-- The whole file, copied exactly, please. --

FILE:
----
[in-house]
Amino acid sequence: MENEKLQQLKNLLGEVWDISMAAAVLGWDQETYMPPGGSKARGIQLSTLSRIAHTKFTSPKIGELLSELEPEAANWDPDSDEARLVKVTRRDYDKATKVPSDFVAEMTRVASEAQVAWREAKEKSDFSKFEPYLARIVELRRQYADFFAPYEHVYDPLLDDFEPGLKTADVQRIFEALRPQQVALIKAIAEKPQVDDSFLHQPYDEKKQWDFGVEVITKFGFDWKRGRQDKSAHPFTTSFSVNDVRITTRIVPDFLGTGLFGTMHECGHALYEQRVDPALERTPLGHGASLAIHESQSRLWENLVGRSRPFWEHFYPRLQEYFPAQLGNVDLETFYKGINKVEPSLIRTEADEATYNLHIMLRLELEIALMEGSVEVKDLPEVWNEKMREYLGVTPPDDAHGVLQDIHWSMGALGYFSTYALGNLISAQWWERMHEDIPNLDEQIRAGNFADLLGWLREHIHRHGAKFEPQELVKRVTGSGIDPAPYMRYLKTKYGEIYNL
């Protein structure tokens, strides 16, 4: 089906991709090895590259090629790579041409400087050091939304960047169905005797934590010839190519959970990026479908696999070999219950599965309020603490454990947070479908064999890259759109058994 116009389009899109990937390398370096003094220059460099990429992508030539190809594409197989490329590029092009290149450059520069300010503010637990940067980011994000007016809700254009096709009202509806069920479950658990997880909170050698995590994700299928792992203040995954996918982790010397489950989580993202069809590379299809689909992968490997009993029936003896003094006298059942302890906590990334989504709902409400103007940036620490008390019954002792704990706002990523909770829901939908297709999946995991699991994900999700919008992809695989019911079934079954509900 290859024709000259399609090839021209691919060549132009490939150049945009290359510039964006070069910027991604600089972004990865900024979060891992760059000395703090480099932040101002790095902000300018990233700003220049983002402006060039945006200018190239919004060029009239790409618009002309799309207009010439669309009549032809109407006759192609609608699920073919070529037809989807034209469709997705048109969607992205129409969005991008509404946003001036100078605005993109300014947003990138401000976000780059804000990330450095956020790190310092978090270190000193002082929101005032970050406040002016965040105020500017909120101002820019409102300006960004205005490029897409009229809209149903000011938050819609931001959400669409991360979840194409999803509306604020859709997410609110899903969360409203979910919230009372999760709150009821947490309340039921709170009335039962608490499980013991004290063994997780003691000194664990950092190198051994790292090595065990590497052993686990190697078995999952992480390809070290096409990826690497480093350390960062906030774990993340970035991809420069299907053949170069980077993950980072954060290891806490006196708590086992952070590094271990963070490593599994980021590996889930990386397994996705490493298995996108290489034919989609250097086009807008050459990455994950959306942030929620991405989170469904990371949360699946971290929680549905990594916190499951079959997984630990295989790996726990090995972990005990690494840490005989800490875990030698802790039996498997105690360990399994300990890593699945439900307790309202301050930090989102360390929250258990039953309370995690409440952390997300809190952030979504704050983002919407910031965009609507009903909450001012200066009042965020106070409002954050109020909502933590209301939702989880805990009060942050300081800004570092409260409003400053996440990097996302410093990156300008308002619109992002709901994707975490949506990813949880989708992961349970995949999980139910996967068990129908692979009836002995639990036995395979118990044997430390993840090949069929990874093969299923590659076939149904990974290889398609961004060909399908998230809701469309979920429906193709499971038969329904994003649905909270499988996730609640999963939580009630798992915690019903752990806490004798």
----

[in-house]
Amino acid sequence: MENEKLQQLKNLLGEVWDISMAAAVLGWDQETYMPPGGSKARGIQLSTLSRIAHTKFTSPKIGELLSELEPEAANWDPDSDEARLVKVTRRDYDKATKVPSDFVAEMTRVASEAQVAWREAKEKSDFSKFEPYLARIVELRRQYADFFAPYEHVYDPLLDDFEPGLKTADVQRIFEALRPQQVALIKAIAEKPQVDDSFLHQPYDEKKQWDFGVEVITKFGFDWKRGRQDKSAHPFTTSFSVNDVRITTRIVPDFLGTGLFGTMHECGHALYEQRVDPALERTPLGHGASLAIHESQSRLWENLVGRSRPFWEHFYPRLQEYFPAQLGNVDLETFYKGINKVEPSLIRTEADEATYNLHIMLRLELEIALMEGSVEVKDLPEVWNEKMREYLGVTPPDDAHGVLQDIHWSMGALGYFSTYALGNLISAQWWERMHEDIPNLDEQIRAGNFADLLGWLREHIHRHGAKFEPQELVKRVTGSGIDPAPYMRYLKTKYGEIYNL
């Protein structure tokens, strides 16, 4: 089906991709090895590259090629790579041409400087050091939304960047169905005797934590010839190519959970990026479908696999070999219950599965309020603490454990947070479908064999890259759109058994 116009389009899109990937390398370096003094220059460099990429992508030539190809594409197989490329590029092009290149450059520069300010503010637990940067980011994000007016809700254009096709009202509806069920479950658990997880909170050698995590994700299928792992203040995954996918982790010397489950989580993202069809590379299809689909992968490997009993029936003896003094006298059942302890906590990334989504709902409400103007940036620490008390019954002792704990706002990523909770829901939908297709999946995991699991994900999700919008992809695989019911079934079954509900 290859024709000259399609090839021209691919060549132009490939150049945009290359510039964006070069910027991604600089972004990865900024979060891992760059000395703090480099932040101002790095902000300018990233700003220049983002402006060039945006200018190239919004060029009239790409618009002309799309207009010439669309009549032809109407006759192609609608699920073919070529037809989807034209469709997705048109969607992205129409969005991008509404946003001036100078605005993109300014947003990138401000976000780059804000990330450095956020790190310092978090270190000193002082929101005032970050406040002016965040105020500017909120101002820019409102300006960004205005490029897409009229809209149903000011938050819609931001959400669409991360979840194409999803509306604020859709997410609110899903969360409203979910919230009372999760709150009821947490309340039921709170009335039962608490499980013991004290063994997780003691000194664990950092190198051994790292090595065990590497052993686990190697078995999952992480390809070290096409990826690497480093350390960062906030774990993340970035991809420069299907053949170069980077993950980072954060290891806490006196708590086992952070590094271990963070490593599994980021590996889930990386397994996705490493298995996108290489034919989609250097086009807008050459990455994950959306942030929620991405989170469904990371949360699946971290929680549905990594916190499951079959997984630990295989790996726990090995972990005990690494840490005989800490875990030698802790039996498997105690360990399994300990890593699945439900307790309202301050930090989102360390929250258990039953309370995690409440952390997300809190952030979504704050983002919407910031965009609507009903909450001012200066009042965020106070409002954050109020909502933590209301939702989880805990009060942050300081800004570092409260409003400053996440990097996302410093990156300008308002619109992002709901994707975490949506990813949880989708992961349970995949999980139910996967068990129908692979009836002995639990036995395979118990044997430390993840090949069929990874093969299923590659076939149904990974290889398609961004060909399908998230809701469309979920429906193709499971038969329904994003649905909270499988996730609640999963939580009630798992915690019903752990806490004798």